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Renewables Didn't Cause California Blackouts, Experts Correct the Record

Wednesday, Aug 26 2020

solar with transmission lines

CAISO, CPUC & California Energy Commission | Joint letter to Governor Gavin Newsom


“Collectively, our organizations want to be clear about one factor that did not cause the rotating outage: California’s commitment to clean energy. Renewable energy did not cause the rotating outages. Our organizations understand the impacts wind and solar have on the grid. We have already taken many steps to integrate these resources, but we clearly need to do more. Clean energy and reliable energy are not contradictory goals.”

Leah Stokes, Assistant Professor of Policy at UC Santa Barbara | Op-ed in The Atlantic


“Yet some people refuse to acknowledge that climate change is the cause of the problems California is facing. The Wall Street Journal published a misleading editorial blaming the state’s reliance on renewable energy for the outages.

“In reality, several fossil-gas plants unexpectedly went offline when the heat wave struck, resulting in less available power. Gas plants can struggle to operate in the heat. In an ironic twist, burning fossil fuels will become less reliable in our hotter world. And California’s grid is connected to other states’, so when a heat wave spikes electricity demand from Arizona to Nevada, that leaves less power to import. With lower rainfall and many years of drought—again, caused in part by climate change—many of the state’s hydropower plants were also underperforming.”

Seth Hilton, Partner at Stoel Rives | Op-ed in Utility Dive


“The causes of the rolling blackouts on August 14 and 15 may be numerous and complex, but few of those reasons have anything to do with California’s shift to more renewable generation. Fundamentally, the challenges faced by CAISO this past week and a half were significantly exacerbated by climate change. California, and the rest of the western United States, were impacted by an unprecedented heat storm that saw record-breaking temperatures across the West. This heat wave drove high load, including air conditioning load that may have been exacerbated by COVID-19 restrictions confining many people to their homes...

“... For renewable resources, solar performed exactly as expected. While CAISO must contend with large ramps as solar generation comes off the system in the evening, CAISO has been focused on addressing these challenges for years.”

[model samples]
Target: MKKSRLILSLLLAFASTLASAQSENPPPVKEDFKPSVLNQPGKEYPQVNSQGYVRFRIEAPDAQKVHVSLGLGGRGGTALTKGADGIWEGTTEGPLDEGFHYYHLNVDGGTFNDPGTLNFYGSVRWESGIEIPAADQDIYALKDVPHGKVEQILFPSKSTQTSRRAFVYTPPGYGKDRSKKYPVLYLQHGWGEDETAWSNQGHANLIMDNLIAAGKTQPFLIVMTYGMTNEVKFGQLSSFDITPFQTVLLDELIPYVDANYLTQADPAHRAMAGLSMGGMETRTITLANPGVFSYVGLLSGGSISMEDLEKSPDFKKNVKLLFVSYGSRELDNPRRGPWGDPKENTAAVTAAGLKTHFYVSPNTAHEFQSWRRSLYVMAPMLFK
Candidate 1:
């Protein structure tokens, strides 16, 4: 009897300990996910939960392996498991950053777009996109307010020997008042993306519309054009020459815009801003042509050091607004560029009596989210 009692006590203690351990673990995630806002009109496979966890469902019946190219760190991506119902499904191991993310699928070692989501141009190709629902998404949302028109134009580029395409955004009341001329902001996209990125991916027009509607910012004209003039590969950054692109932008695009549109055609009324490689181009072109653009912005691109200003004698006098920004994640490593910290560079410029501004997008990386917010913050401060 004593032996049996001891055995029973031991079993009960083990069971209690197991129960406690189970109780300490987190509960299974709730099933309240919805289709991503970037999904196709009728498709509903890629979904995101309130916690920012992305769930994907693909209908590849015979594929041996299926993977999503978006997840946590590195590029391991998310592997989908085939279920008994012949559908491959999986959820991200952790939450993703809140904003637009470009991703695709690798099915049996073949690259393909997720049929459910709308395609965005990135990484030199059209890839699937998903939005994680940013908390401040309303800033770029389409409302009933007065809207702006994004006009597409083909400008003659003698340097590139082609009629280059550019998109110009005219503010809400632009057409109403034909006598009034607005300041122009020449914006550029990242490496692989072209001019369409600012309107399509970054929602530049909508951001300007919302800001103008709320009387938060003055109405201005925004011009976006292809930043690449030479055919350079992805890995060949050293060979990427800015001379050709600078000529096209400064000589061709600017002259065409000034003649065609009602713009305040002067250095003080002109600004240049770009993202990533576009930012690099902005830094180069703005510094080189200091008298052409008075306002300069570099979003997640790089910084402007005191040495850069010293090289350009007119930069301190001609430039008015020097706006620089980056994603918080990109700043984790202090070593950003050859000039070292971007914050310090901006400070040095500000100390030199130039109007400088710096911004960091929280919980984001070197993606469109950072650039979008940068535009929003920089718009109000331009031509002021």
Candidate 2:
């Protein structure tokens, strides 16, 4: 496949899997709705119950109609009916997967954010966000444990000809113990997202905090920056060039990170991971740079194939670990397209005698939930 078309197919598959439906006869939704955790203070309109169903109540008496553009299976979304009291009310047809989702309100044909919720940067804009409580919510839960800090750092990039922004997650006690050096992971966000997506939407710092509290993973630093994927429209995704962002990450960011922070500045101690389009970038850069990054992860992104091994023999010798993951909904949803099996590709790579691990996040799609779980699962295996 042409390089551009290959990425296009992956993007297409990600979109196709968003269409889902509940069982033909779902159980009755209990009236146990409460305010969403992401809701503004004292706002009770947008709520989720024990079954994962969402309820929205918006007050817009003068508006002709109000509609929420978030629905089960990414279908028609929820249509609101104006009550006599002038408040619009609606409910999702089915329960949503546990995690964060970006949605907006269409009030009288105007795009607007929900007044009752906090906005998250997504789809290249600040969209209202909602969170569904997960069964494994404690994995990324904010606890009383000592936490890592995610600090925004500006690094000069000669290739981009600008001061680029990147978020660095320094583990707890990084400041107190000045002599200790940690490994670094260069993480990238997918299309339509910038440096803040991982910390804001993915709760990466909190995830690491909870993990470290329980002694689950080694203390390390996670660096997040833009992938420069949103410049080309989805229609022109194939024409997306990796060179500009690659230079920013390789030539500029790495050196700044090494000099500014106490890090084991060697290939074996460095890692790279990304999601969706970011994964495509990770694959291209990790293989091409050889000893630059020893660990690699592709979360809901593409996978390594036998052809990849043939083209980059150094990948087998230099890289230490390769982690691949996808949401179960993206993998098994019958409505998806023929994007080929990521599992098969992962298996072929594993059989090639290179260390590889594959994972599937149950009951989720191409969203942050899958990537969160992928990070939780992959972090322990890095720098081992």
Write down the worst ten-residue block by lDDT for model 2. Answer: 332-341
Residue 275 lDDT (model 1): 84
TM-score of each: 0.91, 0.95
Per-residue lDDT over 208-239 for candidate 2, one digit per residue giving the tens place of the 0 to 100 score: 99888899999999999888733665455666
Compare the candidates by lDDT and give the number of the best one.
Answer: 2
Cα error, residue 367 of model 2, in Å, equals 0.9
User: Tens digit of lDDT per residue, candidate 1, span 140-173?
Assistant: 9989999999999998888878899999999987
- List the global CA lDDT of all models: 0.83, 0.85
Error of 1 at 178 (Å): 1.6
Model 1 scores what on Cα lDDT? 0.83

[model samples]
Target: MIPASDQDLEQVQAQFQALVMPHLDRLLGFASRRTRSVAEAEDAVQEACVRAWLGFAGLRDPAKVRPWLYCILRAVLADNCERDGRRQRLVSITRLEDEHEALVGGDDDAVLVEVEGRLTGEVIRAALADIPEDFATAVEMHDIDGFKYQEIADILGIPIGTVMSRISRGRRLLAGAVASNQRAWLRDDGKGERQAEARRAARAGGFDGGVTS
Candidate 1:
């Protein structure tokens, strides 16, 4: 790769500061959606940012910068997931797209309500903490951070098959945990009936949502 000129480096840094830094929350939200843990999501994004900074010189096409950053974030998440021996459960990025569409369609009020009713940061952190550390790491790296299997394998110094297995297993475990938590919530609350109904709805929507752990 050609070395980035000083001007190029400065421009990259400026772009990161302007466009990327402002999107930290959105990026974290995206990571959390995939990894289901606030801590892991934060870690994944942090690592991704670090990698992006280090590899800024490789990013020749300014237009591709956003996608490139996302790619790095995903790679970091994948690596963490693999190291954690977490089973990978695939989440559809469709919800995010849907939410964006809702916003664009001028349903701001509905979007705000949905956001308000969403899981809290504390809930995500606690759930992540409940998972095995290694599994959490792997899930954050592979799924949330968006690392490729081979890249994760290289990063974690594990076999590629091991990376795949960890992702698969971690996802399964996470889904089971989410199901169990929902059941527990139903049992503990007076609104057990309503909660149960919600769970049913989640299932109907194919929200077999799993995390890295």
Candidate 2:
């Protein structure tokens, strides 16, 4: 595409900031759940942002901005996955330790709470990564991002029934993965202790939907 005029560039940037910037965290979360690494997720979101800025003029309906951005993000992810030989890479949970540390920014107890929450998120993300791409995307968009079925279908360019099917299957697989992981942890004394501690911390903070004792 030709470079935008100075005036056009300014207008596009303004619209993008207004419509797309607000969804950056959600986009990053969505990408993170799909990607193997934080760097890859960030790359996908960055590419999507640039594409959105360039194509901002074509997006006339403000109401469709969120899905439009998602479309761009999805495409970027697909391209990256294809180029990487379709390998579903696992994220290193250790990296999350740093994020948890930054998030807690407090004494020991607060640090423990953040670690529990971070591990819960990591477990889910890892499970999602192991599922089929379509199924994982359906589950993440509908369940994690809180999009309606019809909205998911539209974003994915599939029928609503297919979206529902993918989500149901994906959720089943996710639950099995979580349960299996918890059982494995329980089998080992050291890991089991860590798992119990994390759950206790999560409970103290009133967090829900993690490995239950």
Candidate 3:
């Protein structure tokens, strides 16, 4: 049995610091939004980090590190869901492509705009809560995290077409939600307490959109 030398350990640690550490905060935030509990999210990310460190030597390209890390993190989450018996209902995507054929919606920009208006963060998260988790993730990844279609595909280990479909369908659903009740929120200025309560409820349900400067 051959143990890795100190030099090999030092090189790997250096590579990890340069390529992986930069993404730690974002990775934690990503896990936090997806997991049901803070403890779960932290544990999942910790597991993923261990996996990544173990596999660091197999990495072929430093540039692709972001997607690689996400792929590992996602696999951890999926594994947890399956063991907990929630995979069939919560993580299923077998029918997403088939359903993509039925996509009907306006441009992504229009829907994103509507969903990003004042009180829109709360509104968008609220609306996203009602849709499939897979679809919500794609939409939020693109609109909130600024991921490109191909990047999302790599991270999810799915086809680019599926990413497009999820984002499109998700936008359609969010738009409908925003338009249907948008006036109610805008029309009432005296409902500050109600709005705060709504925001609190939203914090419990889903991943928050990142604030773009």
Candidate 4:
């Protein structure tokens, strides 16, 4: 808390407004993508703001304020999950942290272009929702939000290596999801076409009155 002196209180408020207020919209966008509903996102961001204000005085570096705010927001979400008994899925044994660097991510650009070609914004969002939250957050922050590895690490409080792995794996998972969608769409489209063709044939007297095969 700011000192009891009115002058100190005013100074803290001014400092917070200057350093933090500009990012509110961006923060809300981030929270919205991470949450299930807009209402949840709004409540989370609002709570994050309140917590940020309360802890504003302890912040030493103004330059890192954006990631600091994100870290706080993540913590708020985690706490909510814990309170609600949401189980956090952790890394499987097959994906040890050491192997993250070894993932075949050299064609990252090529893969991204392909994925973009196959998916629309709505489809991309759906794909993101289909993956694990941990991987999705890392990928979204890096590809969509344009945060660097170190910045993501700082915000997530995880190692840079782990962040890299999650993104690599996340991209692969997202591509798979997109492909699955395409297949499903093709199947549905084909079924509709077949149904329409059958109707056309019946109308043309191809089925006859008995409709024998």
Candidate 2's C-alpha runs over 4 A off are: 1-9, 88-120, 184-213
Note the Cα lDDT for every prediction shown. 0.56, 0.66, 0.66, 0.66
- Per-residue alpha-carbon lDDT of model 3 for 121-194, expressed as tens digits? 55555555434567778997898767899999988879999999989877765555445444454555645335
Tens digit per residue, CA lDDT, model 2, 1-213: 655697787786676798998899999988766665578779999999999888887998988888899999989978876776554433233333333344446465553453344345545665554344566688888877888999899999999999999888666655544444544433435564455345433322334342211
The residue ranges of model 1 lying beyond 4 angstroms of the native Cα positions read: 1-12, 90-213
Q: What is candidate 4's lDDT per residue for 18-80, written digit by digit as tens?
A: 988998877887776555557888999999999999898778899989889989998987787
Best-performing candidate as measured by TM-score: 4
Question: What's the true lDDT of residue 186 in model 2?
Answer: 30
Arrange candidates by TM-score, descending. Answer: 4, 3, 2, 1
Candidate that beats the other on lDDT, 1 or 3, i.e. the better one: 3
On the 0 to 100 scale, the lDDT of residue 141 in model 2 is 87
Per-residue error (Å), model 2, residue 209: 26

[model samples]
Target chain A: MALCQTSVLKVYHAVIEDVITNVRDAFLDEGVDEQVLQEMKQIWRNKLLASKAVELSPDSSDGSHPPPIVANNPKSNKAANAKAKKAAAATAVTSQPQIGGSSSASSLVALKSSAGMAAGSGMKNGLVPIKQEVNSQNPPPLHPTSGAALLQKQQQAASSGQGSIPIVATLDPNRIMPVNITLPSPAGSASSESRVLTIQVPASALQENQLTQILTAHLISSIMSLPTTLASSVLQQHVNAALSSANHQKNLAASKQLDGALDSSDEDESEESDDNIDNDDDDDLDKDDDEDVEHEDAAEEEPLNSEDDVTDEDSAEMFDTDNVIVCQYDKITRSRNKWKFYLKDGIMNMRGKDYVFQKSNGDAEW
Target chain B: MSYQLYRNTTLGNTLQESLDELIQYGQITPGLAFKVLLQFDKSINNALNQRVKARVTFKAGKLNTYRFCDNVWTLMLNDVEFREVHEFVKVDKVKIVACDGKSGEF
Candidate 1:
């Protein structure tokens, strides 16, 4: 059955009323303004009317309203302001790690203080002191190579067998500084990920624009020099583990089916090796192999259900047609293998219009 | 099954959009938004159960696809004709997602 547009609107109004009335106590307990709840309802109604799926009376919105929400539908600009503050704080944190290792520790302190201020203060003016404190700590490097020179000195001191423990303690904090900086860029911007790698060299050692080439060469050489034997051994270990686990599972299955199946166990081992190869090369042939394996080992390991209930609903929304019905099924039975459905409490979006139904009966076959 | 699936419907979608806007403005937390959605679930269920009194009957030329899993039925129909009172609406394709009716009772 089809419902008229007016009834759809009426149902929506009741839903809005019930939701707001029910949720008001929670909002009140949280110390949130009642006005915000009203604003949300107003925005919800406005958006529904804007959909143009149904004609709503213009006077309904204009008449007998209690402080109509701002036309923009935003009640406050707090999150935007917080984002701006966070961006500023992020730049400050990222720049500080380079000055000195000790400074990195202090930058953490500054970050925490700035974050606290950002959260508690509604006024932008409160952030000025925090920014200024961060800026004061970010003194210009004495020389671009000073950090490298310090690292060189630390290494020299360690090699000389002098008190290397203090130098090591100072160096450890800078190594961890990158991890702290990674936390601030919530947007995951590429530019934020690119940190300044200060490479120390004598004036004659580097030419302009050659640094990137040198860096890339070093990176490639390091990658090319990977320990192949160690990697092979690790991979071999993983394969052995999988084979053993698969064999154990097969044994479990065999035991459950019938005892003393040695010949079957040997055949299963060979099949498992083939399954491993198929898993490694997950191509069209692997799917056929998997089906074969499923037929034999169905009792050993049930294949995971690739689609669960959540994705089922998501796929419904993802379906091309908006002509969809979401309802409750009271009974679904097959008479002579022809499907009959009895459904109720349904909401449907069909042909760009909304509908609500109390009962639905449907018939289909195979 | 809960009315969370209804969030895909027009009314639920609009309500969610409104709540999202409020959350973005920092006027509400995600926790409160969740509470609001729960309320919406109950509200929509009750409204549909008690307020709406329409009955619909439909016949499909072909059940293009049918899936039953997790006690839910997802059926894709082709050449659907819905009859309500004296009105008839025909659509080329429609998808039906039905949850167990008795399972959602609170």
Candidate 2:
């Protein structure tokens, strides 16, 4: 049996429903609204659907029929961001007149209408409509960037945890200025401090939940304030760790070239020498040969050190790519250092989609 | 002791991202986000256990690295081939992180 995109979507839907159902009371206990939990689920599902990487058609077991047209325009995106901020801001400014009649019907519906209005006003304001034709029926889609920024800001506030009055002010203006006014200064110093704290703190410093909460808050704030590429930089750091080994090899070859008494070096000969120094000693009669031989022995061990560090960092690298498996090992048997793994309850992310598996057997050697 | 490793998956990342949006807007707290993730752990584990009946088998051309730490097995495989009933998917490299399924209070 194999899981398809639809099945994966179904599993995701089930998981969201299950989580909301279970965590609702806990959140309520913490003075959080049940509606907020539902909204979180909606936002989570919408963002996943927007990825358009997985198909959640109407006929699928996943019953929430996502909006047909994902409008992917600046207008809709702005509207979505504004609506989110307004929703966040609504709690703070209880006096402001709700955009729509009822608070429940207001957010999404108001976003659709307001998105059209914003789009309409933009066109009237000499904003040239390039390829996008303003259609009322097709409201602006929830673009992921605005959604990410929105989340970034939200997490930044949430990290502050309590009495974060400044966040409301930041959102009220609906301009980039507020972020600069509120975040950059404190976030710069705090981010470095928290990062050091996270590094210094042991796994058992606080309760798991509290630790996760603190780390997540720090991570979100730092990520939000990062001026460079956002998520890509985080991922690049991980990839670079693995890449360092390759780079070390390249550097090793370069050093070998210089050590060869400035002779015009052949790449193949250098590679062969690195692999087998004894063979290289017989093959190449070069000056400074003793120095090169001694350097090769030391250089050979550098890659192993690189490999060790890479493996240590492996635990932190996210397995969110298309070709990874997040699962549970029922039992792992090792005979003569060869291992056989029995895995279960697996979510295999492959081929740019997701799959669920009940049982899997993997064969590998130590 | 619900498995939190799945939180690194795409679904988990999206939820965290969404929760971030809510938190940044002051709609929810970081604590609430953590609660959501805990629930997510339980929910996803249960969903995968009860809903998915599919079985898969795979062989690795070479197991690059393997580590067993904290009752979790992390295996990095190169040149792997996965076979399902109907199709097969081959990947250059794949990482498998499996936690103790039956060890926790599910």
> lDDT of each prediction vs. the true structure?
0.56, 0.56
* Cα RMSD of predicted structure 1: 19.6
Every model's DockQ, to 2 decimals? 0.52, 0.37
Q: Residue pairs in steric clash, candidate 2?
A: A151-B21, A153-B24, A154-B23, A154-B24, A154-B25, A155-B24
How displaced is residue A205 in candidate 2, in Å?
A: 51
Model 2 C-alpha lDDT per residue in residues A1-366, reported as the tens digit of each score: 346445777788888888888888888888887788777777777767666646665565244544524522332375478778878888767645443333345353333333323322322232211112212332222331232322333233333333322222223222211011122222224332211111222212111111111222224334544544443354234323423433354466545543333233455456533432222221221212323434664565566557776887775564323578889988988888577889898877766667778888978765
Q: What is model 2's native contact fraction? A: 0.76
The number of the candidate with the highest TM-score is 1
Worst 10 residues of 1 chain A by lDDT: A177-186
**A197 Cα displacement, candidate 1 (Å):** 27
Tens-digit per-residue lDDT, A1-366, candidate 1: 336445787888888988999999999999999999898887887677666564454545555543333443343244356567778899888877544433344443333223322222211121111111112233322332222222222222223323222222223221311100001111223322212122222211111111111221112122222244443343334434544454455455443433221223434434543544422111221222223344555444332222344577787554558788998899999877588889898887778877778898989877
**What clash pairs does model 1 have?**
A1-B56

Steve Berberich, CEO and president of CAISO | Statement to reporters


“Renewables are not a factor. If anything, the state needs more renewables, backed by extensive deployment of batteries.”

Craig Lawrence, Managing Partner at Energy Transition Ventures, PhD in Mechanical Engineering, Stanford University | Twitter


“Texas has more combined solar + wind capacity than California, hotter average temperatures, and way more air conditioning. The problems on the California grid are not caused by renewables.”

Peter Gleick, climate and water scientist, US National Academy of Science | Twitter


“California's rolling blackouts had nothing to do with "renewables" as some claim. They resulted from poor planning & management, grid failures, & on top of it, #climate change that cut water for hydropower & hot weather that derated natural gas plants.”

Rick Umoff, senior director and counsel for California at the Solar Energy Industries Association | Barron’s


“No, solar is not the cause of the California rolling outages. Solar generation in California continues to produce as expected and ramps down in the evening every day, giving grid operators ample opportunity to use other generation sources to meet energy demand. If we want to use renewable power in the evening hours and to meet peak energy demands, policy makers need to move quickly to incentivize both residential and utility-scale energy storage. Without continued progress on regulatory reforms, energy storage deployment in California will continue to stall, keeping the state reliant on fossil fuels that much longer.”


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